Pitching the 9th inning with a lead must be a stressful venture. Even at the professional level, players depended on by their team as the ‘closer’ fail with alarming regularity. The only position that yields precious saves is constantly in flux, and as aspiring fantasy champions, we have to be aware of these situations 24/7. With that in mind, we’re going to go over some of the more volatile closing situations around baseball, and discuss who might just be the man in the 9th before long.

Cleveland Indians

Chris Perez (DL), Vinnie Pestano, Joe Smith, Cody Allen

When incumbent closer Chris Perez hit the 15-day DL on May 27th due to excessive pot smoking, being not good at closing, rotator cuff tendonitis, it opened the door for a closer coin-flip. Terry Francona endorsed Vinnie Bag-O-Doughnuts, and to this point has stuck by his man. Trouble is, Pestano has yet to convert an actual save chance, and was blown apart the day before his ascension to the closing role. Joe Smith has pitched much better and is probably worth speculating on in deeper formats, as the leash on Pestano can’t be long. As an aside, Cody Allen is the closer of the future in Cleveland, but is probably a long shot to contribute saves in 2013.

San Diego Padres

Huston Street (DL), Luke Gregerson, Dale Thayer

When you draft Huston Street, you have to know you’re in for at least one DL stint, and Street always seems to make good on his end of the bargain. This time around, he’s on the shelf for a strained left calf, so you’re looking at a mid-to-late June return date, at best. Not that he’d been particularly good; He’d given up 7 homers in just over 20 innings, perhaps a step back wasn’t the worst thing in the world. Luke Gregerson, he of the 0.91 ERA and 0.71 WHIP, has been anointed as the temp, and he’s been very strong thus far. If he’s somehow still available in any leagues, consider adding him now – If Street were to suffer a significant setback or lose the job outright, Gregerson would immediately become a very valuable closer for the remainder of the season.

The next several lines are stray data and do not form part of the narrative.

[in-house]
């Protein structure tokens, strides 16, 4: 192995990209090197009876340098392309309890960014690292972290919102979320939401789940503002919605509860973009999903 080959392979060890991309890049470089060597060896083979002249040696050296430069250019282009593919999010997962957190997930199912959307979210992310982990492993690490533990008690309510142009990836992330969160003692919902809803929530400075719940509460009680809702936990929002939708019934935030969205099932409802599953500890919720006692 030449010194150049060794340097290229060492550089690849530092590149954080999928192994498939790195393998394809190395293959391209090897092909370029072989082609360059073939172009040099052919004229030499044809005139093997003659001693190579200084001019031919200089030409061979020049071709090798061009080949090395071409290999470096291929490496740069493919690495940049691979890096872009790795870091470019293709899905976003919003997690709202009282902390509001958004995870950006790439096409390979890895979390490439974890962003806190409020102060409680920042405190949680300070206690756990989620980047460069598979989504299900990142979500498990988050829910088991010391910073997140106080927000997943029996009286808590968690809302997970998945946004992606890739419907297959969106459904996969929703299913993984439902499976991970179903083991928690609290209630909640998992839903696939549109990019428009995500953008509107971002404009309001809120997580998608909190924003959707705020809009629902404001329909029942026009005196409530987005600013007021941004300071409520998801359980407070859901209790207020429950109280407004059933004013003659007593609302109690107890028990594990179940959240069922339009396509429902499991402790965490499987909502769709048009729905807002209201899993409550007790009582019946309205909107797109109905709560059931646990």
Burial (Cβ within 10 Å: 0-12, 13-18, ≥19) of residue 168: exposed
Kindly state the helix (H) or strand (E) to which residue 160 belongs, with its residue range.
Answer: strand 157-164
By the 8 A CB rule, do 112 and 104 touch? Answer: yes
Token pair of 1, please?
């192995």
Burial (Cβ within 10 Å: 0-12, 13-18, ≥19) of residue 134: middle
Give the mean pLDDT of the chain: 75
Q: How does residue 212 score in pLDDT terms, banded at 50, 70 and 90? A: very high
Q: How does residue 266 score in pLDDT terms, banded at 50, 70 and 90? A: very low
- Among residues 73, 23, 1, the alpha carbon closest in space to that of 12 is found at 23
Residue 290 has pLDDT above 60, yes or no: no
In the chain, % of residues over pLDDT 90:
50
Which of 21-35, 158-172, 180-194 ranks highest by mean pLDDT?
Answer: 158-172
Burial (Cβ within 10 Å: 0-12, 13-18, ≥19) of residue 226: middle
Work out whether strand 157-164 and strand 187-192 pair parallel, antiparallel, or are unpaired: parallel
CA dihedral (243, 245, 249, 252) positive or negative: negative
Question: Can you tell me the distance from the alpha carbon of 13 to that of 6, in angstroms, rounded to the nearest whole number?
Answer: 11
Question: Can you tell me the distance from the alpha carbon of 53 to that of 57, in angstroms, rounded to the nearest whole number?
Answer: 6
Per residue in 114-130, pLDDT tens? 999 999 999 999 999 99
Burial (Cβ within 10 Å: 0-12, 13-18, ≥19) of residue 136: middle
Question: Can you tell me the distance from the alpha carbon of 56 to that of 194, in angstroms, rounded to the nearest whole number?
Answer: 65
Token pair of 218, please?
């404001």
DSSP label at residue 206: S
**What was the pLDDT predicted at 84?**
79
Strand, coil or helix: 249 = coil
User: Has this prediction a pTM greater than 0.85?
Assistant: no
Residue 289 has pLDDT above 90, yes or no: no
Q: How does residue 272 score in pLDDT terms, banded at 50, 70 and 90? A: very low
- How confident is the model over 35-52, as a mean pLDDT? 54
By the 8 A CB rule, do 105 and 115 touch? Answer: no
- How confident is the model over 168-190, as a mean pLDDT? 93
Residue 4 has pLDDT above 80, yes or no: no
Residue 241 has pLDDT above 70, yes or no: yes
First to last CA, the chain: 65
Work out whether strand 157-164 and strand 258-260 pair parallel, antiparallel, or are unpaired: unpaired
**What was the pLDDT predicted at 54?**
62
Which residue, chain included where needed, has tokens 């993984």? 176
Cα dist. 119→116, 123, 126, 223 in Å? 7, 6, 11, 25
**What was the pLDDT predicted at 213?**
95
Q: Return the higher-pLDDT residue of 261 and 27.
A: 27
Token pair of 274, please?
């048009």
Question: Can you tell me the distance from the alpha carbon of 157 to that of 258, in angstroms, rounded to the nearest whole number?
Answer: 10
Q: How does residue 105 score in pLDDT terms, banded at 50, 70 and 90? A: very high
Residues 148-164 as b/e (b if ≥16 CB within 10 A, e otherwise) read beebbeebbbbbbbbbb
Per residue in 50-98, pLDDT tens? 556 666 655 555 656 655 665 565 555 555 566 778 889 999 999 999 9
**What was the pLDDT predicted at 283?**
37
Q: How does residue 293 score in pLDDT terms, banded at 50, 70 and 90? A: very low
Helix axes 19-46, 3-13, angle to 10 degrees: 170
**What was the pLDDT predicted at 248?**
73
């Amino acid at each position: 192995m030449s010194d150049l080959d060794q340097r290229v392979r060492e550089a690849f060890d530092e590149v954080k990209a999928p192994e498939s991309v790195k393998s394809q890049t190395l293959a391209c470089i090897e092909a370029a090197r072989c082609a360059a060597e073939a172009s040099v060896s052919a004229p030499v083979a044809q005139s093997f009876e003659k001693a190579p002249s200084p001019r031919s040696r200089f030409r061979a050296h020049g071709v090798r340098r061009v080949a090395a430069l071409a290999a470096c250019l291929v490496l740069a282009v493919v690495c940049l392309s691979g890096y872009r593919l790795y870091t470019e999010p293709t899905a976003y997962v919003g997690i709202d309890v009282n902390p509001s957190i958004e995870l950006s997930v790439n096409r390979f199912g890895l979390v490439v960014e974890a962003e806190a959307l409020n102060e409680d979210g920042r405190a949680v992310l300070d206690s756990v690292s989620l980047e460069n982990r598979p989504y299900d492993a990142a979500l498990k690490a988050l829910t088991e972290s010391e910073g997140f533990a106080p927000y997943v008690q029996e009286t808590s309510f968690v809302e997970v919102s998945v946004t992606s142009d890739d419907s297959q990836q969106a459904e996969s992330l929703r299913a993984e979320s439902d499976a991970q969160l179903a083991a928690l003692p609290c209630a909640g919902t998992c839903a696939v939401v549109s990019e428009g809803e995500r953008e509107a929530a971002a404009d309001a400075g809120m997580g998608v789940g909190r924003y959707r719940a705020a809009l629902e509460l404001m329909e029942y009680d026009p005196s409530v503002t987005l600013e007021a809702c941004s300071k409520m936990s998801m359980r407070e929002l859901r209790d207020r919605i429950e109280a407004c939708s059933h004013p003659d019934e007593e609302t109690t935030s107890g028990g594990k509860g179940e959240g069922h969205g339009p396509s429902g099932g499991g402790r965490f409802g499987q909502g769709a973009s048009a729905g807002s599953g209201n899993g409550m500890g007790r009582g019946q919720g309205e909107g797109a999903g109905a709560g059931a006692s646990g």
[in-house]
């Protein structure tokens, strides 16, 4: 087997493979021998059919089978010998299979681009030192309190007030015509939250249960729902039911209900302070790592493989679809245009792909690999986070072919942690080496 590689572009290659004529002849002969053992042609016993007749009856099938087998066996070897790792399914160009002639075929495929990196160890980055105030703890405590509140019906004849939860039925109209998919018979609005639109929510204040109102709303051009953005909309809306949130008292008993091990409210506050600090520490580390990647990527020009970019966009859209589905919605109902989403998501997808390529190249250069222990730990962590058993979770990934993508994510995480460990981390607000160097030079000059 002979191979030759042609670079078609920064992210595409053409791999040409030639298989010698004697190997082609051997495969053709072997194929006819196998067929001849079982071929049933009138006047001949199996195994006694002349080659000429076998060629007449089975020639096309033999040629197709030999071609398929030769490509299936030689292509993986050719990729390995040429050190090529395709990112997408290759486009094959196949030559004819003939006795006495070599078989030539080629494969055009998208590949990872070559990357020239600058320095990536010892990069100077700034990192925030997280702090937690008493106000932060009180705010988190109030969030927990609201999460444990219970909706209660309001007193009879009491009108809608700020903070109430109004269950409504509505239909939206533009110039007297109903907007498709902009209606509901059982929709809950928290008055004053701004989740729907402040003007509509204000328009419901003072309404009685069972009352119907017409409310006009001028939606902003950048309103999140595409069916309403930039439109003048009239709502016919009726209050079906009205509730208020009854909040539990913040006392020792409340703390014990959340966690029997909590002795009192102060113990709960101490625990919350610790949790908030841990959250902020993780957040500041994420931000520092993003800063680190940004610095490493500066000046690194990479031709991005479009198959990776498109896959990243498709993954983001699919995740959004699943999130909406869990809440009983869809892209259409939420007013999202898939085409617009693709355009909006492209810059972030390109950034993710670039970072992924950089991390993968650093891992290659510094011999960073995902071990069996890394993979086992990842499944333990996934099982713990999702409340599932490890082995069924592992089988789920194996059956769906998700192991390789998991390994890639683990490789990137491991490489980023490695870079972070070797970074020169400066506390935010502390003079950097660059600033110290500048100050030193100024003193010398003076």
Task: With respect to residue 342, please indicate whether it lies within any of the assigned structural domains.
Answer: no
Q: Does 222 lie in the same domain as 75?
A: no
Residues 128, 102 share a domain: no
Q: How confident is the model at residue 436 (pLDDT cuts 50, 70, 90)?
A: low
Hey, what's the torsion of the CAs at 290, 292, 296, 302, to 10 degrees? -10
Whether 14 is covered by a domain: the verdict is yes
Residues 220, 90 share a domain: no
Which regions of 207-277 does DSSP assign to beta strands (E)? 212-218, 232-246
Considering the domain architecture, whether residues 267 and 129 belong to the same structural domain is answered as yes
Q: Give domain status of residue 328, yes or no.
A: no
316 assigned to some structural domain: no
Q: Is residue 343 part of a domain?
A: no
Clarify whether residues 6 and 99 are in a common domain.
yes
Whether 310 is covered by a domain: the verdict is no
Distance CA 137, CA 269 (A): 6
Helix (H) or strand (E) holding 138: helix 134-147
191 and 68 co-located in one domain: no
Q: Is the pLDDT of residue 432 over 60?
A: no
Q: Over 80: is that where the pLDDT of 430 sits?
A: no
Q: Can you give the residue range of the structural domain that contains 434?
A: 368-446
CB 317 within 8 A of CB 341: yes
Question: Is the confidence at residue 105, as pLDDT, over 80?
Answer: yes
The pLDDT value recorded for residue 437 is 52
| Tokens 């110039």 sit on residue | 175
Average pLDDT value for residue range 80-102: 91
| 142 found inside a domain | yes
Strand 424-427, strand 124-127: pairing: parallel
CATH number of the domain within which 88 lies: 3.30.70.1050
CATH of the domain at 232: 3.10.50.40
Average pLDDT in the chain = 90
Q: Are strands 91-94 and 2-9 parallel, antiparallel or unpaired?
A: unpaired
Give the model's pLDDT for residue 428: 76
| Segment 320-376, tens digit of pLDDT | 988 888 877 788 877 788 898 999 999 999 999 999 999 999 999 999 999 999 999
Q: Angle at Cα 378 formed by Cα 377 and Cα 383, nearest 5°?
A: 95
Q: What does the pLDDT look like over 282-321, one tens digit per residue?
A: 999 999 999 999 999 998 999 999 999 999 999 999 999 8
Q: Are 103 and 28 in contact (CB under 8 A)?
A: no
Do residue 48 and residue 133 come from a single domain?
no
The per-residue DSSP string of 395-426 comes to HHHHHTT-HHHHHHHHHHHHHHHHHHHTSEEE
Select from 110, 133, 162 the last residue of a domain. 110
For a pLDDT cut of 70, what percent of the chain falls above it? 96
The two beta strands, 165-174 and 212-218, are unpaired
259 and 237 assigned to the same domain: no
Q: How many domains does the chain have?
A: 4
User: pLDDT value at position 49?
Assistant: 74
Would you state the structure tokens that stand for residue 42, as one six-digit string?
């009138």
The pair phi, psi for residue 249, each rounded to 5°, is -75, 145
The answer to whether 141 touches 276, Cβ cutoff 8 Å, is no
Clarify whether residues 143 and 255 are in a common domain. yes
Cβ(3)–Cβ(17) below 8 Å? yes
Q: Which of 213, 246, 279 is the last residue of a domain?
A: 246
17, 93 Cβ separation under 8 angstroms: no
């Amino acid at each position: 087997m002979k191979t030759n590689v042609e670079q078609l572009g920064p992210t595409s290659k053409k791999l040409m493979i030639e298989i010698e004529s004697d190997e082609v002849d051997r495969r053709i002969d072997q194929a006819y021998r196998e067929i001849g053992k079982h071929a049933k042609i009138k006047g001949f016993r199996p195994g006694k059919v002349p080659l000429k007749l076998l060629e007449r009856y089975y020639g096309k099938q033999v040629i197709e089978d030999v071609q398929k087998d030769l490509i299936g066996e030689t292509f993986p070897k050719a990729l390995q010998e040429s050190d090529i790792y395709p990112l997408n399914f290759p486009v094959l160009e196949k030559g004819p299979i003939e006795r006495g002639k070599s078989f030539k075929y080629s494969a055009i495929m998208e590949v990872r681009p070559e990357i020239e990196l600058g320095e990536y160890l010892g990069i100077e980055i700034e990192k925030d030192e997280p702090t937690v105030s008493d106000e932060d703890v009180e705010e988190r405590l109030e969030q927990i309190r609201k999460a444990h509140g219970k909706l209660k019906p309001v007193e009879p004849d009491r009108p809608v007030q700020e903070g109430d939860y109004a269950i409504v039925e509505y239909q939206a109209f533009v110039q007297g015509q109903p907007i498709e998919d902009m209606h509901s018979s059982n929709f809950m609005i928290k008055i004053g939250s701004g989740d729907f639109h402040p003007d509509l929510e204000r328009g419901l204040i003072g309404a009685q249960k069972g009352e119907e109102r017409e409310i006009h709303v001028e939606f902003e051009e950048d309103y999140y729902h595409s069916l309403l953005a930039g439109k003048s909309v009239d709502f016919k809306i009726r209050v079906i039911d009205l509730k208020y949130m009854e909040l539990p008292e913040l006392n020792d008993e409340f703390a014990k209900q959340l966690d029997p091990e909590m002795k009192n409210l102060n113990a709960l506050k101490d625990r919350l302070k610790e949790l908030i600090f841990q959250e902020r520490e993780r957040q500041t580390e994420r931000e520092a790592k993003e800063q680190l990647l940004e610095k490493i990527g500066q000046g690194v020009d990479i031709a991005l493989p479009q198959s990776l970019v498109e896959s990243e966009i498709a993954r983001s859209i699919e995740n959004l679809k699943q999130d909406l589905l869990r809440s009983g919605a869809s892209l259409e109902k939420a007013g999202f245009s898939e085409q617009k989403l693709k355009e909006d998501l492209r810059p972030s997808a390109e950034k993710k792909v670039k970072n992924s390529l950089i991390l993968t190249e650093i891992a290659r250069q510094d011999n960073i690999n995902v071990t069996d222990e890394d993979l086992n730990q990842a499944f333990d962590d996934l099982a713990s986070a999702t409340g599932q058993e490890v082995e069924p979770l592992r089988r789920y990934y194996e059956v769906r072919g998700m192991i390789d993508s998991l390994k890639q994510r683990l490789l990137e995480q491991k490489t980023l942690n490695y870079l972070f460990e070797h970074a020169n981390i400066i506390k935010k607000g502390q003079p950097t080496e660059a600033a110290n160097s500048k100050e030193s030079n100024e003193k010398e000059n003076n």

Colorado Rockies

Rafael Betancourt (DL), Rex Brothers, Dinger

Betancourt, despite being almost as old as this guy, had been very reliable for the Rockies (11 saves, 3.20 ERA, 1.22 WHIP) before going down recently with a groin strain. Of late, he’s acknowledged that he’s just started throwing, and isn’t expected back until the end of June. Rex Brothers had been dominating out of the Colorado bullpen, and was given the nod as interim closer. He’s continued dominating, so if he’s out there in your league, he’s definitely worth a short-term addition. Of note: there isn’t any other obvious choice behind Brothers for saves at Mile High, so despite his temporary position, he would seem to have fairly good job security.

Miami Marlins

Steve Cishek, Mike Dunn, Chad Qualls

The three closers listed above are not necessarily in that, or any, order. When you’re the Marlins, and have 17 total wins to your credit through 61 games, the closing situation isn’t the most important item on the fix list. By my count, there have been 7 saves completed and 6 saves blown in said 17 wins, so this bullpen committee is both irrelevant (for saves) and just plain bad (for all other purposes, fantasy or otherwise). Steve Cishek recorded the most recent save, that being in a 2-1, 20 inning win over the Mets on Saturday, but prior to that it looked like Dunn might have edged ahead…so it’s anybodies guess. The best idea is to stay away from this situation entirely, but if I had to bet on the Marlin with the most saves for the rest of the season, it would still be Cishek by a nose.

Arizona Diamondbacks

J.J. Putz (DL), Heath Bell, David Hernandez, Matt Reynolds

If you’d like to see the real-life definition of a closer roller-coaster ride, please examine this summary of Putz’s outings during the month of April. He made only one more appearance after this sequence, exiting with elbow stiffness and nerve irritation that led many to write him off for the remainder of 2013. There was speculation that Hernandez or Reynolds might get the closing gig, but manager Kirk Gibson threw everyone a curveball and named Heath Bell as his first man up. Despite Bell’s past transgressions in the closer role, he’s been lights out, converting 10 of 11 save chances and lowering his ERA 1.5 points in the process. Hernandez and Reynolds are still lurking, but it would seem that Bell has earned himself a bit of leash with his strong May. The twist is that Putz threw a full bullpen session the other day, and appeared to come through it without irritation or pain. If he avoids setbacks, in theory he could rejoin the Snakes bullpen sometime in June, and if he were to do that, he would probably regain his closer role if healthy. Arizona is a first place team that will yield plenty of saves for fantasy owners, so this situation deserves to be watched closely.